So faced with a choice of an Administration that's been overseeing a painfully slow recovery - but a recovery nonetheless - and a party that promises to somehow do better and usher in a new age of prosperity without showing any real willingness to hack away at its own favorite expenditures, why would anyone not otherwise wedded to some other Republican/conservative issue vote for Romney or any other Republican candidate?

There were plenty of compelling reasons to not vote for Romney apart from this sour-grapes-generated myth of people "just wantin' free stuff" being tossed around. If the Republicans or any other fiscal conservative political group wants to seriously work towards financial responsibility, they'd be better served to stop blaming some boogeyman of "takers" and work on their policies and image to the point where they do not appear to be the party of benefiting the wealthy on the backs of the dwindling middle-class and increasing poor.

Anonymous said...

True CW, I hate to say by Michael does sound very naive in believing the promise of a politician.
Did Reagan say he would spend $250 billion more than Carter in his first 4 years as President?
No, but he did. In fact I think he said the opposite!
As the old saying goes, you don't subvert the system it subverts you.
Plus your comments about the democrats acting irrespnsibly are incredible. Do you think Obama wakes up every morning going "How can I be financially irresponsible today". I don't like him either but I at least credit him with trying to save the economy.

But basically with the US election, one guy wins, the other schmuck loses. What more is there to say :) Other than the US electorate know what they want, even if you look (at times) in askance at who they vote for.
They absolutely do not get hoodwinked or fooled, they are too clever to fall for any politician that does try.
As for Romney, if Obama is so freaking bad and unpopular, well he must have been a shoo-in. But he wasn't, he couldn't even beat a tired Obama, whom the public had grown weary off, yet they still choose to give him a 2nd chance.
So if you want to take it out on anybody Michael take it out on the Republicans for fielding such a dreadful candidate.

Anonymous said...

A recent quote about Obama's re-election: "I think, in sum, that this was the worst political event ever to occur in the history of this continent. I think it was worse than the Civil War." I'll let you guess what pundit made those remarks.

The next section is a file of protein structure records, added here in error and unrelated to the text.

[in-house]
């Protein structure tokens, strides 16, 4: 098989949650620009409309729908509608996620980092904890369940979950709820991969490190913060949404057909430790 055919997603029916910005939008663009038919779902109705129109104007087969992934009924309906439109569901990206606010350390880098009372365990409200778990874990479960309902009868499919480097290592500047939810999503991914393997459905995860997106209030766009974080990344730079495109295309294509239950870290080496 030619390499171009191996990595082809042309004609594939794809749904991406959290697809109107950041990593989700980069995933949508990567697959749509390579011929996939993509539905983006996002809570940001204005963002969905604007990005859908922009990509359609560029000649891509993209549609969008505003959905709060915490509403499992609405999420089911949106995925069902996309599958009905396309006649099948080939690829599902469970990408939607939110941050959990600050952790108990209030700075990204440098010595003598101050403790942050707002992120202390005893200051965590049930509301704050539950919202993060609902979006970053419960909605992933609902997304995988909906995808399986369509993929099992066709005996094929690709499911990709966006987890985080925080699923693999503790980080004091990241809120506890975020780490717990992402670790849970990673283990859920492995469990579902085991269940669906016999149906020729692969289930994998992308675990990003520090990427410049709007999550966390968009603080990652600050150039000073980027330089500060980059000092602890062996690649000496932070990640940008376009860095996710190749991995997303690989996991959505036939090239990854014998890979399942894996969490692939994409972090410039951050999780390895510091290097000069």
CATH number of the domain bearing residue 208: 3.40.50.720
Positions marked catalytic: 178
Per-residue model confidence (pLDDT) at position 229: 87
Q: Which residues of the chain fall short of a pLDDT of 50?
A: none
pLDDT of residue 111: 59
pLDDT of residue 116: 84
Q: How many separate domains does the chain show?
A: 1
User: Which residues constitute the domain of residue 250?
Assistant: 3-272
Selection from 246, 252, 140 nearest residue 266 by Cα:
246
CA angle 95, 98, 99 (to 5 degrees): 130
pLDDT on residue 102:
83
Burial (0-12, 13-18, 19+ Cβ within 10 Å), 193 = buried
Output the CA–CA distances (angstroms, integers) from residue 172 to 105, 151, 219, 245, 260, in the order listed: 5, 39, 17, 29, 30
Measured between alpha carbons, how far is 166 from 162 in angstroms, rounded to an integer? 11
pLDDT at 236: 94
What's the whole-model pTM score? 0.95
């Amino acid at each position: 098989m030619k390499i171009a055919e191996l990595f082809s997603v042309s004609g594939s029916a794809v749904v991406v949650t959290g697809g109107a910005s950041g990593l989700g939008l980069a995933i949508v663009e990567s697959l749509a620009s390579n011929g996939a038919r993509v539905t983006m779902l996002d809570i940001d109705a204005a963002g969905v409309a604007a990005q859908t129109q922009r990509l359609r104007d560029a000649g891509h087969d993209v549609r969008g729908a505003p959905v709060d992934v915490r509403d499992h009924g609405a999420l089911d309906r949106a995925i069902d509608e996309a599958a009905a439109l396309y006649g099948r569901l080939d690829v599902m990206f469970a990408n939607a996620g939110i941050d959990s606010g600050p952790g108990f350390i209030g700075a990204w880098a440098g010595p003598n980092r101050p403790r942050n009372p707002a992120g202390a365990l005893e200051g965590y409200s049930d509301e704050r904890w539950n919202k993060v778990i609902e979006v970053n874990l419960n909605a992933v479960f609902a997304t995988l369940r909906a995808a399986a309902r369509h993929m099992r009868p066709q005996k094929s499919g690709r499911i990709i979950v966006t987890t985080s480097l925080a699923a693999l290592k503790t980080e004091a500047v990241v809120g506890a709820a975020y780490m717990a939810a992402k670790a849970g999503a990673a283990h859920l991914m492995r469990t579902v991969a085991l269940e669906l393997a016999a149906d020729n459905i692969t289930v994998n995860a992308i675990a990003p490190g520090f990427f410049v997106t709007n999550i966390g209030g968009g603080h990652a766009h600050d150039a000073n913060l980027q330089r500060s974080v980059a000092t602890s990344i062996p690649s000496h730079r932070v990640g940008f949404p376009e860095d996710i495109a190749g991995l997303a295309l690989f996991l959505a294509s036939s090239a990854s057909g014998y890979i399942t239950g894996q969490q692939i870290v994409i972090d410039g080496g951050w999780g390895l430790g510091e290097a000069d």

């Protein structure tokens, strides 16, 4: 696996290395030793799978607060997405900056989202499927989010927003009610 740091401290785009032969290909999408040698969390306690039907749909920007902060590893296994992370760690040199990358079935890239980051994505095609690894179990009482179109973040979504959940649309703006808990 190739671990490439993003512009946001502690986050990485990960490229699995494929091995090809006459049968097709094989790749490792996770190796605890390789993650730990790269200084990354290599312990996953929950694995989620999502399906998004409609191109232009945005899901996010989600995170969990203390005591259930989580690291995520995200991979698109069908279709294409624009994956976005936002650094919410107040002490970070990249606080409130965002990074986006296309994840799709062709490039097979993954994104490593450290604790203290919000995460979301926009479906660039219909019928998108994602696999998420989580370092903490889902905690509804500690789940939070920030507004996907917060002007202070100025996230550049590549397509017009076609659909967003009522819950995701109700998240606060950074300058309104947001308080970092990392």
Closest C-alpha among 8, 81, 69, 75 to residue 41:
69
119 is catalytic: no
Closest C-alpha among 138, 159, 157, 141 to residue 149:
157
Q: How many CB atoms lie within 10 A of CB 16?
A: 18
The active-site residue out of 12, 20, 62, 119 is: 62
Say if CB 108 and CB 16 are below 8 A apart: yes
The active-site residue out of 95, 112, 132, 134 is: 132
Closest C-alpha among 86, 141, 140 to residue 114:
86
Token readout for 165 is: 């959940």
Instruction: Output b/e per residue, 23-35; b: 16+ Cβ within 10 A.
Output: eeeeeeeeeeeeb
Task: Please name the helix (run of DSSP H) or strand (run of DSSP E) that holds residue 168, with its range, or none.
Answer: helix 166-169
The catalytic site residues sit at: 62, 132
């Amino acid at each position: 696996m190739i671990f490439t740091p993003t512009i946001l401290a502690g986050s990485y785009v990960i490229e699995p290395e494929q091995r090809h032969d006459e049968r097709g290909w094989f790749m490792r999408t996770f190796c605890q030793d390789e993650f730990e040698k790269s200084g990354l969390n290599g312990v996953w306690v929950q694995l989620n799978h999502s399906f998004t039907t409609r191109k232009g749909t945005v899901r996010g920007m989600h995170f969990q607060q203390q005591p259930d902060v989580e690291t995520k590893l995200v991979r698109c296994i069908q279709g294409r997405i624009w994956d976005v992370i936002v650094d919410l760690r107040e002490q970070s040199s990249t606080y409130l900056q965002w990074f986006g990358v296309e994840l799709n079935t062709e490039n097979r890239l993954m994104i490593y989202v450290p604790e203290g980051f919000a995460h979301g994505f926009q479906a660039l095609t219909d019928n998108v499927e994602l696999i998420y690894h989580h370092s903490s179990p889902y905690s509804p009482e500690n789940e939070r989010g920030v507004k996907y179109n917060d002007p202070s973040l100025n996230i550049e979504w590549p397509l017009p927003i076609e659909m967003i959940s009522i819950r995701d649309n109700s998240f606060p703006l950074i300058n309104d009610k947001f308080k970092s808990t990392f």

Gordon Burkowski said...

I must disagree with Mr. Prescott’s somewhat na├»ve belief that “The Romney campaign was about cutting back on government spending, reforming entitlements, reducing the deficit, and moving toward fiscal responsibility.” I would suggest that a Romney administration would have looked something like this:

1) Still more tax cuts;
2) Goosing the economy by large defense spending – the kind of move that Paul Krugman has described as “weaponised Keynsianism”;
3) Making a set of entitlement proposals artfully designed to be rejected by the Democrat-held Senate, while not going near any third-rail items like the mortgage deduction;
4) All leading to a massive ballooning of the deficit that would make the Obama years look mild by comparison – and that would be blamed on the Democrats in the Senate;
5) Campaigning on the “deficit crisis” in 2014 and 2016, leading to a Republican Senate and Presidency;
6) And finally, a frontal assault on Medicaid, Obamacare and Social Security.

In other words, I would have expected a full-blown strategy of “starving the beast”: cutting revenue to the point where entitlements would leave the government insolvent, then going after the entitlements. That’s been the Republican strategy ever since Reagan and I see no reason to believe that it would have changed under a Romney presidency.

caqroljane said...

Obama has already achieved one of his major aims for Term 2, in preventing AtlasIII, thereby forestalling World WarIII "the War of how to handle Galt's speech on screen".

Objectivists may hate Obama, but they's his chillun too, and he has saved them.